My first meeting with Jayanta Mahapatra was in Shillong. We were milling around a hall in the university campus. Someone said Jayanta Mahapatra is here. He was an icon, a revered name among poets. I had recently joined the North East Writers Forum and was getting ready to read some poems aloud, for the first time. I recall halfway through I tried a peek in the direction of where he was sitting. He appeared to be asleep. Chin resting on hand, it’s a pose for listening too, I thought.
That was the start. That was my impression of Jayanta Mahapatra, the poet. Reticent, attentive, kind. It was the start of writing poetry, poetic exchange, poetry submissions and reading fellow poets. All through this time Jayanta Da was giving us confidence, encouraging us with handwritten notes and letters.
Now I am looking at the Chandrabhaga issues that he continued to publish with such commitment and effort. Most of the time it was done so quietly, we would never notice how hard it must have been, to keep a journal appearing twice a year for so many years.
In 2017 I visited him at his home in Cuttack. No photos- we just sat and talked. Do poets suffer loneliness? The old house was big. There is a lot of space, I thought. I imagined him wrestling with his thoughts. Alone, sometimes weary, maybe; but in his own words about time and space Jayanta Da said poetry is a fragile, private business. There were closed doors, and the despair of the blank sheets of paper- until suddenly language flowed into rhythm like the unseen wind moving the branches of the mango tree in his little courtyard.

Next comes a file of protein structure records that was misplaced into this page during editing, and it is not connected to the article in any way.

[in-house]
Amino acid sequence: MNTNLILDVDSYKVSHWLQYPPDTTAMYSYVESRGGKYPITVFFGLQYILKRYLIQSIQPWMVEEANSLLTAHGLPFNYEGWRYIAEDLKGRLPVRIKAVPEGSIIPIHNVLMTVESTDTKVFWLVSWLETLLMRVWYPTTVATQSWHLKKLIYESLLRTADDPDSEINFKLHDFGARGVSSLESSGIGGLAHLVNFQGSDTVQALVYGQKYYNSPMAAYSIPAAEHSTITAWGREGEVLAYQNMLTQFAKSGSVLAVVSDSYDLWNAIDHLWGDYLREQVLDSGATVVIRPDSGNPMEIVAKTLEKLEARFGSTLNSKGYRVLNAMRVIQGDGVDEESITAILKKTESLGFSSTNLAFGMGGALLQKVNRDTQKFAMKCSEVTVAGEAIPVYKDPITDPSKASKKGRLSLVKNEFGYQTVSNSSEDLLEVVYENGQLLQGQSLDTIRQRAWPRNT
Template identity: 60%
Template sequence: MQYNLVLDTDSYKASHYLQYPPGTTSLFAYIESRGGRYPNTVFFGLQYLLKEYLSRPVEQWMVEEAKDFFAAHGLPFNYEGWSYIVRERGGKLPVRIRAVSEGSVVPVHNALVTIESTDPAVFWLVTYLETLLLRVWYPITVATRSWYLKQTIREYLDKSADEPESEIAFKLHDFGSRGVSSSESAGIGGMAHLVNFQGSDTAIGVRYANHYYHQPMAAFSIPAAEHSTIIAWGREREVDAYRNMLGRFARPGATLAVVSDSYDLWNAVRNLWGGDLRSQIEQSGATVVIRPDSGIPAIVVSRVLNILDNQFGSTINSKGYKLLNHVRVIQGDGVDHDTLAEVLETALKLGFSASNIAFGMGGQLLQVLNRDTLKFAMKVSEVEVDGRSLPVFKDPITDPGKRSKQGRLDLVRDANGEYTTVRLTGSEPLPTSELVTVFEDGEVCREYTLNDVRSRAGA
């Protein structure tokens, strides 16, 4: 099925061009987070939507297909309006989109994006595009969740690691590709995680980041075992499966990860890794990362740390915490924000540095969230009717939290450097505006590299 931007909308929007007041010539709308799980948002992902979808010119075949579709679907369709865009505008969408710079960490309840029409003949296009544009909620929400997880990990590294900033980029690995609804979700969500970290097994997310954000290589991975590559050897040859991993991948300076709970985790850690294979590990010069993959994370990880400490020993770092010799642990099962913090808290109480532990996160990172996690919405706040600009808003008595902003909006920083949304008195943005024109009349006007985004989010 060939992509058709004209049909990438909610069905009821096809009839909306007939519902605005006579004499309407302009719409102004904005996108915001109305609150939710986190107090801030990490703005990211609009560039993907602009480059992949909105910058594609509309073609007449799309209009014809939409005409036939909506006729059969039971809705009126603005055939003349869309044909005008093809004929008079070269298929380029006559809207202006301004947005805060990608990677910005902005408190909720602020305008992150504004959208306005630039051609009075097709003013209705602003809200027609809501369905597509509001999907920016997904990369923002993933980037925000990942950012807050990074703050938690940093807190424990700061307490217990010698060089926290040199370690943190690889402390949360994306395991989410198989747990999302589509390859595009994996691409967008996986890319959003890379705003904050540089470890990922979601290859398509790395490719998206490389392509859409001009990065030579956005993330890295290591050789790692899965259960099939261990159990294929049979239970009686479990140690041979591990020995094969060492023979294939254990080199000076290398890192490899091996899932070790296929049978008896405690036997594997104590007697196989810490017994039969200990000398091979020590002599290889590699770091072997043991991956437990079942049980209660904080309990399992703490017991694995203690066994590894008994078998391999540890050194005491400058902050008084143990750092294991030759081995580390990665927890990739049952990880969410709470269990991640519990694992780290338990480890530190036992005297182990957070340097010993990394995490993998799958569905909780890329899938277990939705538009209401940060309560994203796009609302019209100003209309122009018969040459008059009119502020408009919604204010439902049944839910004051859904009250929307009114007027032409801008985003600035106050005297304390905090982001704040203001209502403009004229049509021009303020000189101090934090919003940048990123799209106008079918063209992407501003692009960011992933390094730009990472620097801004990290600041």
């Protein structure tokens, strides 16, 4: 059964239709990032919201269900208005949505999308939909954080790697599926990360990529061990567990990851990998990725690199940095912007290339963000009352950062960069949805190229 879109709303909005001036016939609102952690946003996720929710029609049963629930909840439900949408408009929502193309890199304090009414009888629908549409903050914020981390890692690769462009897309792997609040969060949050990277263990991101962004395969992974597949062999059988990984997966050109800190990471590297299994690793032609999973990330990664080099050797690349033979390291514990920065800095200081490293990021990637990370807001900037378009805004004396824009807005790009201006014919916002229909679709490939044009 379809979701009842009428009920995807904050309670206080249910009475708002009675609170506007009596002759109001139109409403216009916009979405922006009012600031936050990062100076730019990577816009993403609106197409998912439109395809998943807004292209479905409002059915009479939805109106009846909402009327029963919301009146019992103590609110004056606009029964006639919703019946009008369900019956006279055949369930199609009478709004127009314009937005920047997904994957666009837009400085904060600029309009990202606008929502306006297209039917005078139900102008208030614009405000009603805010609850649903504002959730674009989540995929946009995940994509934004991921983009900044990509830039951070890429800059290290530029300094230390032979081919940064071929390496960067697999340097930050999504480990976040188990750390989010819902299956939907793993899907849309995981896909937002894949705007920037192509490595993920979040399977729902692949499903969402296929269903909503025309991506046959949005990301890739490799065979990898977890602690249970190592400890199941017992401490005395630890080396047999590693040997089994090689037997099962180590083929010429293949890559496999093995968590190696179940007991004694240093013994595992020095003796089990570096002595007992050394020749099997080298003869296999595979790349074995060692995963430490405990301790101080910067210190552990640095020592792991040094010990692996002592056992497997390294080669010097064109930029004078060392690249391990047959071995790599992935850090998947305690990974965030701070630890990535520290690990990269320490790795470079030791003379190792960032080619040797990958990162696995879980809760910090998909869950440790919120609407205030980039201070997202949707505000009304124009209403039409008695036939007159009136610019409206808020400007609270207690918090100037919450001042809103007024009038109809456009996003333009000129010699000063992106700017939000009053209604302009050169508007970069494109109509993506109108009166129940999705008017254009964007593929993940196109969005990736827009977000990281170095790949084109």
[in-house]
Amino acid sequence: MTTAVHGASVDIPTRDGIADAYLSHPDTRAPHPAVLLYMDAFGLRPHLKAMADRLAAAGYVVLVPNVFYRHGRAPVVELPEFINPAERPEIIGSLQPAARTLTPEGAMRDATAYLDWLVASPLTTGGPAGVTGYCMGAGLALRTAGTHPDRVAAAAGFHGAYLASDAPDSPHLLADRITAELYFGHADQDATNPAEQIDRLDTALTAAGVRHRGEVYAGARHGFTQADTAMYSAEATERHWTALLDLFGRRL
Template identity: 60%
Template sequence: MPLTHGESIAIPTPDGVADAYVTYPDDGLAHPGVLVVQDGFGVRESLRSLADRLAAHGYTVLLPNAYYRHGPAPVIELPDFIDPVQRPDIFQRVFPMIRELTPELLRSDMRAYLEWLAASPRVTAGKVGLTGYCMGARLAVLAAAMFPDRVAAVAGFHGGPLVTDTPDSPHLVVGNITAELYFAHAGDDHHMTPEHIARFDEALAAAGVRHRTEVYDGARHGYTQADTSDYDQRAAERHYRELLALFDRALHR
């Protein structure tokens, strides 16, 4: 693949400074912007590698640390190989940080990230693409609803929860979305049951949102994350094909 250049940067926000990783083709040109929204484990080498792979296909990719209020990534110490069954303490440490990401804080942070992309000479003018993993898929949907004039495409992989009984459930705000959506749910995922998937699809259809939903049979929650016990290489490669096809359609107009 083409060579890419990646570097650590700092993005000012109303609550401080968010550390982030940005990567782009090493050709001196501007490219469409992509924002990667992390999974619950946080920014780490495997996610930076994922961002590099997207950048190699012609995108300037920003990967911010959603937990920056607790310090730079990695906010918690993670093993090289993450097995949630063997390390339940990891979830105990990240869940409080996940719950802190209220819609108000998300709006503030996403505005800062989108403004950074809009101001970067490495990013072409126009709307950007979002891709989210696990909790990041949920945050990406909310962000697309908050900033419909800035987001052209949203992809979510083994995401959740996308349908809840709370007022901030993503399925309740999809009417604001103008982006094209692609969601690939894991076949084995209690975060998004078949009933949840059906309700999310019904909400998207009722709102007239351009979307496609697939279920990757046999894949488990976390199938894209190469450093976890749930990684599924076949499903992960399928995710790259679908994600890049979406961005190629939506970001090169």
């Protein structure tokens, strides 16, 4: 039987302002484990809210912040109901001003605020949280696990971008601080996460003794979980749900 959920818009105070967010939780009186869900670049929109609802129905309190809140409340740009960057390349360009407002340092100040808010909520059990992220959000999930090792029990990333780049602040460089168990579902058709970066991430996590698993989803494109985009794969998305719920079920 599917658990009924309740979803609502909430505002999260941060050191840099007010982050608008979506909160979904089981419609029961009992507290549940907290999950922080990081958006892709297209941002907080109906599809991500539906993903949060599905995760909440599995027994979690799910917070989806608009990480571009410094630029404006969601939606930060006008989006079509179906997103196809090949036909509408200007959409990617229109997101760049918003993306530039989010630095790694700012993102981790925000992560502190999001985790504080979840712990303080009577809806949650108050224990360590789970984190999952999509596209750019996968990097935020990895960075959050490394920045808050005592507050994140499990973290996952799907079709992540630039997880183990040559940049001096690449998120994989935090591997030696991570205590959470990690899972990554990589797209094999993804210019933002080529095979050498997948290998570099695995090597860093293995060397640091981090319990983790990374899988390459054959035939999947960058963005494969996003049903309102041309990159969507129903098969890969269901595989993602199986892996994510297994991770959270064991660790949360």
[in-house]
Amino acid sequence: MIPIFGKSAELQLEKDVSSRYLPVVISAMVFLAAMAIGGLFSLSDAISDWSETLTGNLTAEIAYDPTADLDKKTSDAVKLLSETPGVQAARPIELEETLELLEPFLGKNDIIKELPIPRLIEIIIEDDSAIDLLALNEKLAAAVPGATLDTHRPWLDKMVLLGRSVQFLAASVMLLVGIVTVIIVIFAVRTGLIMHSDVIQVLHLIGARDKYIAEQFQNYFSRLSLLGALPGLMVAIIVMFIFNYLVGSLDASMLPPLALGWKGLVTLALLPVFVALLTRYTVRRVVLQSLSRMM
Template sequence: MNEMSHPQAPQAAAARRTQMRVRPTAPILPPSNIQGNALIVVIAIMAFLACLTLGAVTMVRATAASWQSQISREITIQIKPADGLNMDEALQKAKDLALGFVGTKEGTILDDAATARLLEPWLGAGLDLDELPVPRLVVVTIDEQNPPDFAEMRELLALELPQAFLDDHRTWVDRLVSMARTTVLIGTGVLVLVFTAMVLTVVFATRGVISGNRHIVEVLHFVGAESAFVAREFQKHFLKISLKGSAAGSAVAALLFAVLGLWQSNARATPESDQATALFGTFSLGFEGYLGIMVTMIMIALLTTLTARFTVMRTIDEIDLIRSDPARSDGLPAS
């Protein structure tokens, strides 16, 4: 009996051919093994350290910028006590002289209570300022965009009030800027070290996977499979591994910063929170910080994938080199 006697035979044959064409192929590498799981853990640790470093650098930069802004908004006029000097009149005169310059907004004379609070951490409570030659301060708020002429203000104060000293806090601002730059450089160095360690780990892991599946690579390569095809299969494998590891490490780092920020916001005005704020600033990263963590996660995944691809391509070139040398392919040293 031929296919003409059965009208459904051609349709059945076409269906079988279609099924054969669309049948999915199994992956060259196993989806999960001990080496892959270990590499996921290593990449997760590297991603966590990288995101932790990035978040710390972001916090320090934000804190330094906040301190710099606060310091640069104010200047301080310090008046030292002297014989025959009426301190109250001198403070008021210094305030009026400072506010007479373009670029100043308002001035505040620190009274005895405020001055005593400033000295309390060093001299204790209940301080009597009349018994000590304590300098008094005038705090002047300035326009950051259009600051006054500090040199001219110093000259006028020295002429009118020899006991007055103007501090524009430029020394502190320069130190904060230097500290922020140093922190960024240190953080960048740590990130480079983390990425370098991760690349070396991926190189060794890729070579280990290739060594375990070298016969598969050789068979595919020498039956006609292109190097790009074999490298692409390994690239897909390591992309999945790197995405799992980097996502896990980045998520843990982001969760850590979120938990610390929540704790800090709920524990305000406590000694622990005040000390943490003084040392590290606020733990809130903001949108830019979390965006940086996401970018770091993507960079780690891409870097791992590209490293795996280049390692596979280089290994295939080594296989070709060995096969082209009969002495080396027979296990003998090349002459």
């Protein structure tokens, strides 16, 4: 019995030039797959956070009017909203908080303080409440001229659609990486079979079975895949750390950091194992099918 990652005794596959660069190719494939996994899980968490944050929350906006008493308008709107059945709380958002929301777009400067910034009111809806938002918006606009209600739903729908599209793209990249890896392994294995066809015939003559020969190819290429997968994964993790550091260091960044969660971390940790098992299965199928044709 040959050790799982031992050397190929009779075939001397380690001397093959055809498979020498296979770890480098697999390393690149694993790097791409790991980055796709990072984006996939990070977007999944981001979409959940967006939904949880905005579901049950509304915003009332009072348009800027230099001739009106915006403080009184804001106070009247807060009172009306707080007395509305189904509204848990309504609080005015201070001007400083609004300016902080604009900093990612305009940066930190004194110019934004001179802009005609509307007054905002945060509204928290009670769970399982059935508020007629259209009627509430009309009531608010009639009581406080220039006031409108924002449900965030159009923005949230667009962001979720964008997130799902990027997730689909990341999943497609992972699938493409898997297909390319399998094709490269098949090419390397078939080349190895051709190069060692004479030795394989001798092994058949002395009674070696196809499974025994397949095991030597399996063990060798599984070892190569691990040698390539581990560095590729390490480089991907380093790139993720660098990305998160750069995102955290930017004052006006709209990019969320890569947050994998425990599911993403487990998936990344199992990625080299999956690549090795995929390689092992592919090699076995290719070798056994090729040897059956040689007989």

In 2018 I listened to him reading at the Bangalore Poetry festival. It was then, so many years after our first meeting that it struck me very strongly that I had failed to fully recognize Jayanta Mahapatra, the man we greeted so casually like an old friend every time we met because he was always so responsive and kind. I suppose it is like that with a lot of people we know. We overlook dreams and visions, the scope and depth of a life. Now in remembrance I pay humble tribute to a truly generous, magnificent poet and true believer, ‘leaping into blindness or light. Call it freedom.’
Rest in peace, Jayanta Da.